Is this what they mean when they talk about the high price of freedom? Total campaign spending for state legislative seats and statewide offices in 1994, according to the University of Illinois at Springfield's Sunshine Project: $64.6 million. In 1998: $93.1 million.
"I had, I thought, done nothing to prepare me to counsel a national government," writes Michael Davis in the Illinois Institute of Technology's "Perspectives on the Professions" (Fall) about World Bank consultant Geoffrey Dubrow's tapping him to talk with senior Ukrainian officials about controlling corruption. "Nor did I have any other obvious special qualifications. I knew no Ukrainian--and only a few words of Russian. Most of what I knew of Ukraine, I owed to National Public Radio. How, I asked, had I been chosen? . . . He had chosen me over some I would have identified as much more qualified primarily because my experience was in Chicago, a place Ukrainians regard as sufficiently corrupt to provide analogies likely to be useful to them. In short, I owed my trip to Kiev to Al Capone."
Headlines that shock. From Green Politics (Spring): "Chicago Greens Beat Toxic Drums for Safe Schools."
"The thing that keeps getting left out each year as Chicago's test scores go up, up, and up again is that we're now the only city in the country still using 1980s tests to measure 1990s students," according to Tom Sharp and George Schmidt in Substance (June). "Both the Iowa Tests of Basic Skills (ITBS) and the Tests of Achievement and Proficiency (TAP) have been renormed at least twice since , but Chicago continues to use the oldest tests available. Chicago is using tests that were developed when Ronald Reagan was still president, before the Berlin Wall fell, tests developed in the days when few people had E-mail and the Internet was reserved for a few academics and government officials."
Gee, we've always thought so. Brittney Eddie of suburban Dirksen Junior High, quoted in the Openlands Project's 1998 annual report, after taking black-and-white photographs and viewing Terry Evans's Art Institute show "In Place of Prairie": "Now that I have seen this, I think black and white looks better than color. It shows a lot of contrast. It changes the colors. If something is really, really dark, it will turn out black. If it is really light, it will turn out gray. I never knew about that."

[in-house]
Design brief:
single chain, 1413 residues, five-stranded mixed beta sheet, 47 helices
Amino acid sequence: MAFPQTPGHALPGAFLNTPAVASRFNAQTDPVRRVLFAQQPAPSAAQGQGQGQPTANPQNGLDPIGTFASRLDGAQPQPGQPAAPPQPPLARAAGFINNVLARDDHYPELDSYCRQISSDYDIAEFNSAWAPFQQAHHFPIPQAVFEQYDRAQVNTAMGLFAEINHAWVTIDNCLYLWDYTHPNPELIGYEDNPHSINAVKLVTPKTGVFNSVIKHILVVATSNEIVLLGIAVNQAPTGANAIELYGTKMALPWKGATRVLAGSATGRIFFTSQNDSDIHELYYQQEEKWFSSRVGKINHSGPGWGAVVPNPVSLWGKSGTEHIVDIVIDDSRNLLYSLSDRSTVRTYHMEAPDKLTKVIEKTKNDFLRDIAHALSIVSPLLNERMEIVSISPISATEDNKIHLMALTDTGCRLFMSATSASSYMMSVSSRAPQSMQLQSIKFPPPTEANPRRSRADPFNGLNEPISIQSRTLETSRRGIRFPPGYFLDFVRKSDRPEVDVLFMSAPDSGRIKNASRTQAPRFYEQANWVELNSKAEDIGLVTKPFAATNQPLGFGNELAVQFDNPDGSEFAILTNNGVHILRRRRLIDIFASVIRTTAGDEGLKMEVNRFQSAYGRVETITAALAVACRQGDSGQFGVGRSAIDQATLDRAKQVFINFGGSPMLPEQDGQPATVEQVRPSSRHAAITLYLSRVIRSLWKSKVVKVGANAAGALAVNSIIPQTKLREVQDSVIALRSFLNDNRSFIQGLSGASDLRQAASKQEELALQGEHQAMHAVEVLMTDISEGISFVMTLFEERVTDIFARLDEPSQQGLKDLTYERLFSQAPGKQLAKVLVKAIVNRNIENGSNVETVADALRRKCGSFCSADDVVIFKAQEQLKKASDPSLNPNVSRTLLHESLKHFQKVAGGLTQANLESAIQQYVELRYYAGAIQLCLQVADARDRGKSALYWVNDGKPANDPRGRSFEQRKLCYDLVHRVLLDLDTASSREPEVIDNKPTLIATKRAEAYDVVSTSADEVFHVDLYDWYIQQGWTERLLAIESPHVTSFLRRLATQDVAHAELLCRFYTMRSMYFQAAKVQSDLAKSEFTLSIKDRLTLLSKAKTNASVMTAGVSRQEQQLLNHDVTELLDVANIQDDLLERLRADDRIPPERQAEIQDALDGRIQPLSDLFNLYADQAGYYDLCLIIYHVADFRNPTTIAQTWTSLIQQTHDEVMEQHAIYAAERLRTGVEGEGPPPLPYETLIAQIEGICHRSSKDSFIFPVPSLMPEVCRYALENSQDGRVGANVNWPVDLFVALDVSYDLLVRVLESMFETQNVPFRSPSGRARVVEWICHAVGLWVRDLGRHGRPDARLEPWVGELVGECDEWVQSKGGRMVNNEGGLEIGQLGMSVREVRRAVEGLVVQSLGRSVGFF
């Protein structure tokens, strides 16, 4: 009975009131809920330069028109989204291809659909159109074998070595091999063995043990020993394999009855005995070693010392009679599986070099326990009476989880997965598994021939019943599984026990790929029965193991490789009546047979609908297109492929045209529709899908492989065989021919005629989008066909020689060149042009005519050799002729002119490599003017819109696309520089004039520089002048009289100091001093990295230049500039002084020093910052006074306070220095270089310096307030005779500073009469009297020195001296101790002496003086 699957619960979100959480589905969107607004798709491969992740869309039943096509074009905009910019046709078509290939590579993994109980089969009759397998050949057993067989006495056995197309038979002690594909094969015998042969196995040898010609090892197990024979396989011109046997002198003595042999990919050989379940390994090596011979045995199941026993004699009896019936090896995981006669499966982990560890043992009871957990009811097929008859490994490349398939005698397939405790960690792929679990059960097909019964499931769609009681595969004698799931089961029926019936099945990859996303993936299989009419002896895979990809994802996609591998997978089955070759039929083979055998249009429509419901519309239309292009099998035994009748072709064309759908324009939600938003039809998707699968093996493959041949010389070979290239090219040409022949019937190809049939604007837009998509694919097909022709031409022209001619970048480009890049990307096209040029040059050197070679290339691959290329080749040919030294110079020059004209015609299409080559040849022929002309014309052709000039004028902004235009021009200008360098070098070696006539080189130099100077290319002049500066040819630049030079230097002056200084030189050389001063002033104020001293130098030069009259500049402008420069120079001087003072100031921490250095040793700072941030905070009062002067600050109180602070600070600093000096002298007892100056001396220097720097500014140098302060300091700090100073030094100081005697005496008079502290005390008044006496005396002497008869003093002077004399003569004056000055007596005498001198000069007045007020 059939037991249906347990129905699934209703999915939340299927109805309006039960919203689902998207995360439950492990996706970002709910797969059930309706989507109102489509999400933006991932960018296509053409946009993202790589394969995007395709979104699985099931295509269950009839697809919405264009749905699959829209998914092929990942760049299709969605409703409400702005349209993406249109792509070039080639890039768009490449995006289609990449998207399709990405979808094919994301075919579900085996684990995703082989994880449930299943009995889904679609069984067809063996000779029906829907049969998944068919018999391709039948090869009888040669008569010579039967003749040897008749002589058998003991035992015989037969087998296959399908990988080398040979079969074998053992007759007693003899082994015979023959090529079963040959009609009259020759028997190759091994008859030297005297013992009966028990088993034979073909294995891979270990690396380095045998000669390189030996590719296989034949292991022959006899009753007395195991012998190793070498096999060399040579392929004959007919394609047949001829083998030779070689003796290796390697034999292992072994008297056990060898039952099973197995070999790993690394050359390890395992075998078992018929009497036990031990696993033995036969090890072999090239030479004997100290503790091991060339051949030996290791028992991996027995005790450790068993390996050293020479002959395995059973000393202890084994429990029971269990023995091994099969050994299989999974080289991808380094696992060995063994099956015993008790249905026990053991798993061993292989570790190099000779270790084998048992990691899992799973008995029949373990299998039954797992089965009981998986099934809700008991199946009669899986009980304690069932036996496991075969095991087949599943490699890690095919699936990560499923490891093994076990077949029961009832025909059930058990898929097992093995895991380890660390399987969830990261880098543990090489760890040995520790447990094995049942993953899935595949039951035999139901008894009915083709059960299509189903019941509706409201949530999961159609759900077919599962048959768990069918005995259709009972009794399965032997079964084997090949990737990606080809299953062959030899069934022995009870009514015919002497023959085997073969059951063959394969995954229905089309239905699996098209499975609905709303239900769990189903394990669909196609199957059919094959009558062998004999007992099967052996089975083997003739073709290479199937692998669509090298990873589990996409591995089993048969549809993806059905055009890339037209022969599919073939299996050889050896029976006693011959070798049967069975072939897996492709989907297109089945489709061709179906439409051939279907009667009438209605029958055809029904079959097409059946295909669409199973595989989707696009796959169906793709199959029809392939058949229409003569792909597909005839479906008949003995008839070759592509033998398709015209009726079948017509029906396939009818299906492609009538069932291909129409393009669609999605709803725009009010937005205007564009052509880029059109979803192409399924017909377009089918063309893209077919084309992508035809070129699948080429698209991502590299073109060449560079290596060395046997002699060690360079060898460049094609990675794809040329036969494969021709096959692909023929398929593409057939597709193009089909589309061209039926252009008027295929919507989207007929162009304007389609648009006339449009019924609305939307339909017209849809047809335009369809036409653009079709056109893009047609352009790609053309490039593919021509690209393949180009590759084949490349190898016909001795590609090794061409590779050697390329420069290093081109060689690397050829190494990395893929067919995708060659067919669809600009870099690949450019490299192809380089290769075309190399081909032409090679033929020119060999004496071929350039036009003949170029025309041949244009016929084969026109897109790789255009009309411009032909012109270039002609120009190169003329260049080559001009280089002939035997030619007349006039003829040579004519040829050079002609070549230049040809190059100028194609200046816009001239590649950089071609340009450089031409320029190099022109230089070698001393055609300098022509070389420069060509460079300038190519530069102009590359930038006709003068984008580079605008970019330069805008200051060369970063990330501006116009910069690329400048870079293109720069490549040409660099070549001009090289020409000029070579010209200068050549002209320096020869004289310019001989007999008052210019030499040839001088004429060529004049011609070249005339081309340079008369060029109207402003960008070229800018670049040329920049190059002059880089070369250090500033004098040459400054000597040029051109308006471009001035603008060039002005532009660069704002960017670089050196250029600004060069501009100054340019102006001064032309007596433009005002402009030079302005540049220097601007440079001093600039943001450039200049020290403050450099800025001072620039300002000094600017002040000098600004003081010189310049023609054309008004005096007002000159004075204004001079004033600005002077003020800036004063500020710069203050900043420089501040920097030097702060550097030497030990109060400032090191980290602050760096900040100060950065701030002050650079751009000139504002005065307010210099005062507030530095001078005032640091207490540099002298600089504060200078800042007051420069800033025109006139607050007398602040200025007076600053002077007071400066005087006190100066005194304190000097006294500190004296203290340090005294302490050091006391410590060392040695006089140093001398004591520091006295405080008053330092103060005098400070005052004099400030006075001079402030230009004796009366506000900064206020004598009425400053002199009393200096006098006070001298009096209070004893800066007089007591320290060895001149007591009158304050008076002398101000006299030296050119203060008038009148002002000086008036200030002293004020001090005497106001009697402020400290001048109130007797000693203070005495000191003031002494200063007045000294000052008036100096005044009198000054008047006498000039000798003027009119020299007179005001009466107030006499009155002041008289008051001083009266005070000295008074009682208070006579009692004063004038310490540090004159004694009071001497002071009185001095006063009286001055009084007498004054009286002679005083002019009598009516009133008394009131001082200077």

Acme Steel in suburban Riverdale ranks in the top third of iron and steel manufacturers in the U.S. when it comes to pollution prevention, according to data recently gathered by the Environmental Defense Fund (www.edf.org/programs/PPA/cg/). In the bottom third are USX and Inland in northwest Indiana; there wasn't enough data to rank LTV steel in northwest Indiana.
"Why, out of 77 community areas in Chicago, are there 20 with no hate crimes at all, but fifteen with five or more, or 31 with three or more?" asks the Commission on Human Relations in its "1998 Hate Crime Report." "One theory is that the more educated, the less crime-ridden, and the more employed a neighborhood, the lower the hate crime numbers will be. This is based on the widely held belief that the better off an individual is in the world, the more tolerant and respectful of the differences in others he or she is likely to be." Unfortunately for this comfortable theory, the report notes, the southwest-side neighborhood of Beverly--whose residents are, on average, better educated and more likely to be employed than their neighbors in Chicago Lawn--had twice as many hate crimes as Chicago Lawn in 1998, all of them racially motivated. In fact, Beverly had more racial hate crimes last year than any other city neighborhood.